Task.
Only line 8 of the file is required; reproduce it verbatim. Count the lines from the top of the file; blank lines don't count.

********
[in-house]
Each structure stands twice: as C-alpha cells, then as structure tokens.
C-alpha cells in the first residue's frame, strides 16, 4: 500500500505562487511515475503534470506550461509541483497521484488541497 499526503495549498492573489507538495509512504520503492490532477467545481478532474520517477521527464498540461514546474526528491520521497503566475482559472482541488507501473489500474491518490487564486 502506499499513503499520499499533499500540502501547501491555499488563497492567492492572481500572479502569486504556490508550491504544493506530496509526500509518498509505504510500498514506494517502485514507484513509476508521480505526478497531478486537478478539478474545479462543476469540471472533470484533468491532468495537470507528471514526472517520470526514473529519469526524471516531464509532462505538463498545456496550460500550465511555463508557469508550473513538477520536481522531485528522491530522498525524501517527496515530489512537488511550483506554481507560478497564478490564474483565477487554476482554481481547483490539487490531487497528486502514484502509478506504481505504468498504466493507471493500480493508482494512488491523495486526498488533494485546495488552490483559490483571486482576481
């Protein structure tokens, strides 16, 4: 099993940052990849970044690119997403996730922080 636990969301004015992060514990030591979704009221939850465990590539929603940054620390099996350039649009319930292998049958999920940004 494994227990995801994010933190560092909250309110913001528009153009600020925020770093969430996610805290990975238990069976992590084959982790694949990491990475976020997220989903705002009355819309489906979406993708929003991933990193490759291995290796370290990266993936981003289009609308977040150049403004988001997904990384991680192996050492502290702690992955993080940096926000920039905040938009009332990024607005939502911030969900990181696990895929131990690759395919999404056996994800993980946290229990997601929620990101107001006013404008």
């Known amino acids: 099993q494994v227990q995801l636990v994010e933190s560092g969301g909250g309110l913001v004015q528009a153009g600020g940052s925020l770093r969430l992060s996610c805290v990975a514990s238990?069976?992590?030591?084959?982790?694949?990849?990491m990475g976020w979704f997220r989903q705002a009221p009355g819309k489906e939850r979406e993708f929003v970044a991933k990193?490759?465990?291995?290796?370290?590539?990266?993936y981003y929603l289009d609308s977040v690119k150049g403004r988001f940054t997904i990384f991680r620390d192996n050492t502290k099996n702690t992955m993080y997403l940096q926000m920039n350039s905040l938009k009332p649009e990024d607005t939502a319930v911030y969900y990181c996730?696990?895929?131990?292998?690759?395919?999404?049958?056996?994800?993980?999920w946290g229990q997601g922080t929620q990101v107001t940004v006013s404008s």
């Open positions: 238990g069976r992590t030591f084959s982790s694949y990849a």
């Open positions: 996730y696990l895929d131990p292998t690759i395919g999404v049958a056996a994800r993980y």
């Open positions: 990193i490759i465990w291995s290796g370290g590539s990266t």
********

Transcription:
């Open positions: 990193i490759i465990w291995s290796g370290g590539s990266t």